Former president Carlos Mesa has predicted that the constitution is unlikely to pave the way for real social change amid continuing political struggles. “We will have so many legal battles to go through that I fear that last year’s belligerent climate will continue this year. President Morales is not coming at this with open hands, he has built trenches and dug in,” Mr. Mesa said.

Morales has dismissed the U.S. Drug Enforcement Administration (DEA) and the U.S. Ambassador to Bolivia, accusing both of conspiracy with the opposition to overthrow his government. The U.S. Embassy in La Paz has called the accusations “false and absurd.” Morales has been very popular among the poor and among Aymara, Quechua and Guarani.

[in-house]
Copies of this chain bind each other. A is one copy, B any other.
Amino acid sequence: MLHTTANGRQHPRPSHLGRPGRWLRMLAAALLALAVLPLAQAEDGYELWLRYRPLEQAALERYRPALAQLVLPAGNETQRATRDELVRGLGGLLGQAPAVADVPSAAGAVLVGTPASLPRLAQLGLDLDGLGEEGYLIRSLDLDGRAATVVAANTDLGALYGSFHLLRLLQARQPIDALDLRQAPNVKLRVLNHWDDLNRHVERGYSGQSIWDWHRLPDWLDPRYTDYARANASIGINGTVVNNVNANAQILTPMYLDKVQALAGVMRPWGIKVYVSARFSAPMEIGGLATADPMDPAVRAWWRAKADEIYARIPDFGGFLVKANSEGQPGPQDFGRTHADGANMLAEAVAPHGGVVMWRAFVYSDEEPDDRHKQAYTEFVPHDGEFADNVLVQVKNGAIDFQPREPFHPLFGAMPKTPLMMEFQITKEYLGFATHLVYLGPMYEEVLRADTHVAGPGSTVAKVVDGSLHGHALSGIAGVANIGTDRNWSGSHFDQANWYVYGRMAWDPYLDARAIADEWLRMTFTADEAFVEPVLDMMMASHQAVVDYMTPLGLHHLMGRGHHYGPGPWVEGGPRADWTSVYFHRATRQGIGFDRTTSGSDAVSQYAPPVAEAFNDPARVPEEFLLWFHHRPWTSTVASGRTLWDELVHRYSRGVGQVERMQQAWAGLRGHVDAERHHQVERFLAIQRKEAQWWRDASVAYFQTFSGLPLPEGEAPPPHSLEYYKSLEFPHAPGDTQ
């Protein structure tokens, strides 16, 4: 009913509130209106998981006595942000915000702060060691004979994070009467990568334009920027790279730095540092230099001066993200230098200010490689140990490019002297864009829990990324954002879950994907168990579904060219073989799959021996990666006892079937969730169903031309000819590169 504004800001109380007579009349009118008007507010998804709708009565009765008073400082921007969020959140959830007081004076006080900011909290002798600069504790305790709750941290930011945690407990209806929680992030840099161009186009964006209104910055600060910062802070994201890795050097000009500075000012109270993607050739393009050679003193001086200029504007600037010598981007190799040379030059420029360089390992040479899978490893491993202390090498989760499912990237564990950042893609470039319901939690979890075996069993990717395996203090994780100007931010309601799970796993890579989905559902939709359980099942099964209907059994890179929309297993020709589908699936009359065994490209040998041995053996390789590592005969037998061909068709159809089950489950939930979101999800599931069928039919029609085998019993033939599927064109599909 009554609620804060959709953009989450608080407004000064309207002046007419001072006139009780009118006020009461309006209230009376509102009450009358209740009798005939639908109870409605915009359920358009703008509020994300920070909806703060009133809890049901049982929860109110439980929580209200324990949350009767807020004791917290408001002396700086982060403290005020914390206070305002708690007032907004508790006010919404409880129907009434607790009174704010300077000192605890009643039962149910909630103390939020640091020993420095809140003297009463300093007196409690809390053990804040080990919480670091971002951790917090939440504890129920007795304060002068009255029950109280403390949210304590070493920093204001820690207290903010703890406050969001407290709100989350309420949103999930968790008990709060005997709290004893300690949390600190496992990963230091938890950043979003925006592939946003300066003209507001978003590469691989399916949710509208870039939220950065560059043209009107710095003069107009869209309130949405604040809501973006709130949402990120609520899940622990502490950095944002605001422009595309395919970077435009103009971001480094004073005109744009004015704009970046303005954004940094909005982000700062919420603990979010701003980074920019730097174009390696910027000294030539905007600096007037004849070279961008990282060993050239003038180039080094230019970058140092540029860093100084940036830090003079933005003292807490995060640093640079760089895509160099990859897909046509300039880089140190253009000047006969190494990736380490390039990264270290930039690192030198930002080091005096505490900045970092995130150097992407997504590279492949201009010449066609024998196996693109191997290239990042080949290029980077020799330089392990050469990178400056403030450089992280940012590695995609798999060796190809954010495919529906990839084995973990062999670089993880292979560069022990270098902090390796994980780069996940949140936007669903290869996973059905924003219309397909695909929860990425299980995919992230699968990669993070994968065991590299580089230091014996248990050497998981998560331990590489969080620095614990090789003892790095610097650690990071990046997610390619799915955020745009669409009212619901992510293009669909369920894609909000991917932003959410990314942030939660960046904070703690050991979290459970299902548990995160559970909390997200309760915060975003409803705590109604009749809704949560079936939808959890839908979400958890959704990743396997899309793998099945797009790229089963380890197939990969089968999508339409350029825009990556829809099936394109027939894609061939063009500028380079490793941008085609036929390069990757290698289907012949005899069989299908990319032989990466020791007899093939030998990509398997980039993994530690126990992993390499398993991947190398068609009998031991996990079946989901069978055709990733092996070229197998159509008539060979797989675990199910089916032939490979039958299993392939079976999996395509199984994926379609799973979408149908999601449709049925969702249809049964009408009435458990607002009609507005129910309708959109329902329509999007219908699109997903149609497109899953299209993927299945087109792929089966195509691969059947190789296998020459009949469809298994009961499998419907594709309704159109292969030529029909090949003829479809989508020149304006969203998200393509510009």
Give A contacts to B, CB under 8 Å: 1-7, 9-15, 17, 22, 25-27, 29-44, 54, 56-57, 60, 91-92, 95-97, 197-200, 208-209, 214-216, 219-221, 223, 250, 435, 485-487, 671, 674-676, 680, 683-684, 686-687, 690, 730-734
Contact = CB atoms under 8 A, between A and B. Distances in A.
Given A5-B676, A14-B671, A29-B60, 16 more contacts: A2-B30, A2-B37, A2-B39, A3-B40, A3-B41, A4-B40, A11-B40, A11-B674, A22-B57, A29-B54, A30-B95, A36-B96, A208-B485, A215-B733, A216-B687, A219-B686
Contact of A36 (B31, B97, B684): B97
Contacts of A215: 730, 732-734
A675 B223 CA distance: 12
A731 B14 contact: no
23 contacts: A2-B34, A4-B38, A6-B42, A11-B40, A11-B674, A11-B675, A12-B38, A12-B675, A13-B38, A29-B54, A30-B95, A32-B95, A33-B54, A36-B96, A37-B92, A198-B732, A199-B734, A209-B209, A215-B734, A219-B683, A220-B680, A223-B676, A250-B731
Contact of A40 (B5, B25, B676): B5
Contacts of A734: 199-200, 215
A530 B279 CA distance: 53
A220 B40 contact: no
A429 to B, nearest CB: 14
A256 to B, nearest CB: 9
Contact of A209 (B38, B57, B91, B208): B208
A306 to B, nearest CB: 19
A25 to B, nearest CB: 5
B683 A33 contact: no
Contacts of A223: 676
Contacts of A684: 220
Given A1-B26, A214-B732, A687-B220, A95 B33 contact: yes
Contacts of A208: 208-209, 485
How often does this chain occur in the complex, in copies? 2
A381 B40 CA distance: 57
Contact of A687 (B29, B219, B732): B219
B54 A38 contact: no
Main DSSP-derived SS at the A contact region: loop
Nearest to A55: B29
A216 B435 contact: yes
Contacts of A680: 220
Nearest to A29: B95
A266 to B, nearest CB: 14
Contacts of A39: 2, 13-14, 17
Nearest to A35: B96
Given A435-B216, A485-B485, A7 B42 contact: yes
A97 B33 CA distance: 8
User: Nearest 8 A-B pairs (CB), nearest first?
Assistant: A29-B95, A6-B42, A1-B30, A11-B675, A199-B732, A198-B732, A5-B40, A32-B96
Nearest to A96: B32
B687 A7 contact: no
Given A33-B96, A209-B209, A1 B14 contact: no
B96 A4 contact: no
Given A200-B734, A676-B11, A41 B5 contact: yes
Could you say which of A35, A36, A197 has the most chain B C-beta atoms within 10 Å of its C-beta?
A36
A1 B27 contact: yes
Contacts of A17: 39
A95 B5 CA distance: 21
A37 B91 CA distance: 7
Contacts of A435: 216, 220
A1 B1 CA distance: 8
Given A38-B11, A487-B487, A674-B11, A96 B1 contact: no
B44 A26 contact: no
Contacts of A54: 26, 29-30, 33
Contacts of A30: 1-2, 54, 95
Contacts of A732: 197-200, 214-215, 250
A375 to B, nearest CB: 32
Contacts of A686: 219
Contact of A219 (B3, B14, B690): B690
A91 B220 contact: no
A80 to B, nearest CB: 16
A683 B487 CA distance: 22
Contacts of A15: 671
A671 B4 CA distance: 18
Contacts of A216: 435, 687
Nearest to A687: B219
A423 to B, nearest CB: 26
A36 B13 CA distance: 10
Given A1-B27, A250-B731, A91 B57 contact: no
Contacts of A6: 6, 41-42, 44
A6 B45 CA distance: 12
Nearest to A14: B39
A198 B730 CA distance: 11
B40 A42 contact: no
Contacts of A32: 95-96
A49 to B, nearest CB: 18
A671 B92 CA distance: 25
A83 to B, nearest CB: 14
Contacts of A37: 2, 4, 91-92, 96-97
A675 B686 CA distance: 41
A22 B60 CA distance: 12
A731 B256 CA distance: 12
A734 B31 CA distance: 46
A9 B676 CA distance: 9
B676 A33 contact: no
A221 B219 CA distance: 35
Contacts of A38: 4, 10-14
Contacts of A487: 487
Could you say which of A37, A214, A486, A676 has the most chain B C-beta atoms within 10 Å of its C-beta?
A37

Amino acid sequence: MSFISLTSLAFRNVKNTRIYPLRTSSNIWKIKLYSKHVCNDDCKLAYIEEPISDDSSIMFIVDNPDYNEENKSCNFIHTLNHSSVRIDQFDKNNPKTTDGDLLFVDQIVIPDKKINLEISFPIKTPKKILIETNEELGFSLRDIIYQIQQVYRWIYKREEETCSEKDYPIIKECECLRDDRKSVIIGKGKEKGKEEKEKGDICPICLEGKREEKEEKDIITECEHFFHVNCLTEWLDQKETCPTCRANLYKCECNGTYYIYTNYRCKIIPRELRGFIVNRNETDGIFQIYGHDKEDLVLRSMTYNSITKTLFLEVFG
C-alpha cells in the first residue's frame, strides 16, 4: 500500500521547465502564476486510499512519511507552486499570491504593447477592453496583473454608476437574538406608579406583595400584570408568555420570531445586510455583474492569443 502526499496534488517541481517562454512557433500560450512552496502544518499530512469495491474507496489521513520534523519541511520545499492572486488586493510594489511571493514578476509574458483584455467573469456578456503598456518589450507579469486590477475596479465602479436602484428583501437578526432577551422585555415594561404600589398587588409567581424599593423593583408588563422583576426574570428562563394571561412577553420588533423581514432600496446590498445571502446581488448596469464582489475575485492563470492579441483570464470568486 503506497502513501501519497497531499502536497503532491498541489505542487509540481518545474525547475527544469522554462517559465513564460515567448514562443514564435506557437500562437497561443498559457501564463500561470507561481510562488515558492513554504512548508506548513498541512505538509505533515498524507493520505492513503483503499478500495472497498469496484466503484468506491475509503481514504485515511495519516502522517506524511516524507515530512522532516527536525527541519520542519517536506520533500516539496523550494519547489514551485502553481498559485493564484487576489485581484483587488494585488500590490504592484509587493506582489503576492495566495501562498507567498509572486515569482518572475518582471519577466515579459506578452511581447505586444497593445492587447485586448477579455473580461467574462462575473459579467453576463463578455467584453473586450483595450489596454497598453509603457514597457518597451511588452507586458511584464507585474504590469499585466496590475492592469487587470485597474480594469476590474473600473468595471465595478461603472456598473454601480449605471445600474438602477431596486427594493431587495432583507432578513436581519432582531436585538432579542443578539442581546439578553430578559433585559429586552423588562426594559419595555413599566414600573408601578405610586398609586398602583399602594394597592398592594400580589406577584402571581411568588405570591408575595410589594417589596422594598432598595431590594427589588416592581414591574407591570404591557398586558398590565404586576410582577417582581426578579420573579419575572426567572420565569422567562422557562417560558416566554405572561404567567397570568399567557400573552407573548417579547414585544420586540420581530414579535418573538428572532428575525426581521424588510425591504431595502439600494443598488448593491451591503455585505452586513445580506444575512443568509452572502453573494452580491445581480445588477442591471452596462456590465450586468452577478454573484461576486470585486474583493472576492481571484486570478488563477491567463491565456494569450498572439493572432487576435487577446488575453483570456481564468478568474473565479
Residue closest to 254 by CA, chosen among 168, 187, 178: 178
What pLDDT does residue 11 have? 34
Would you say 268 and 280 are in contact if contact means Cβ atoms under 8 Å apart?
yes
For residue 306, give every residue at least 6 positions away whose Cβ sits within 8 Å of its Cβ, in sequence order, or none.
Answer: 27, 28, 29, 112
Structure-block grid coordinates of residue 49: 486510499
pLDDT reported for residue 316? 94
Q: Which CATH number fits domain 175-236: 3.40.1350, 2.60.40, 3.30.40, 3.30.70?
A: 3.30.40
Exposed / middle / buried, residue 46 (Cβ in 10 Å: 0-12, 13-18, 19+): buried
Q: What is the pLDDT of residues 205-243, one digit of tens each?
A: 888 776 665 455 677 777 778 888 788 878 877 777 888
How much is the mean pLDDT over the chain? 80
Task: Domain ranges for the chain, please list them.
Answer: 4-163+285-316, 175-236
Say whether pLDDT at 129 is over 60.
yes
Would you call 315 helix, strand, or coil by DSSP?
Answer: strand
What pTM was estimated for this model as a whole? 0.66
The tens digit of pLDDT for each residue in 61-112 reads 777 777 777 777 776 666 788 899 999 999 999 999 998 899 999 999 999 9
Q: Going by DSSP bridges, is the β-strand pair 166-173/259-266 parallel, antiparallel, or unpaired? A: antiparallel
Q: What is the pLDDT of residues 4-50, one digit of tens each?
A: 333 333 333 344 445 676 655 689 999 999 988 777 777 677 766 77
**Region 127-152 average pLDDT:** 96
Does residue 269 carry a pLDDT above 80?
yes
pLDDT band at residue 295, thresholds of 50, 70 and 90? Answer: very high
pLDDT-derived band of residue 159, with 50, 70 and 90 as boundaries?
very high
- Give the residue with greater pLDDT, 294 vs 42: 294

The new constitution’s 411 articles address underrepresentation of indigenous peoples. “It may be the equivalent of Spain’s Reconquest of the Iberian Peninsula from the Moors in 1492. But instead of the blood spilled in that process, Bolivia is advancing in a democratic process that does not exclude or subjugate anyone,” said Xavier Albó, a Jesuit scholar and linguist.

“Finally we have a constitution that leaves racism and hatred aside, because indigenous people are included,” said Adolfo Chavez, president of the Confederation of Indigenous people of Bolivia (CIDOB).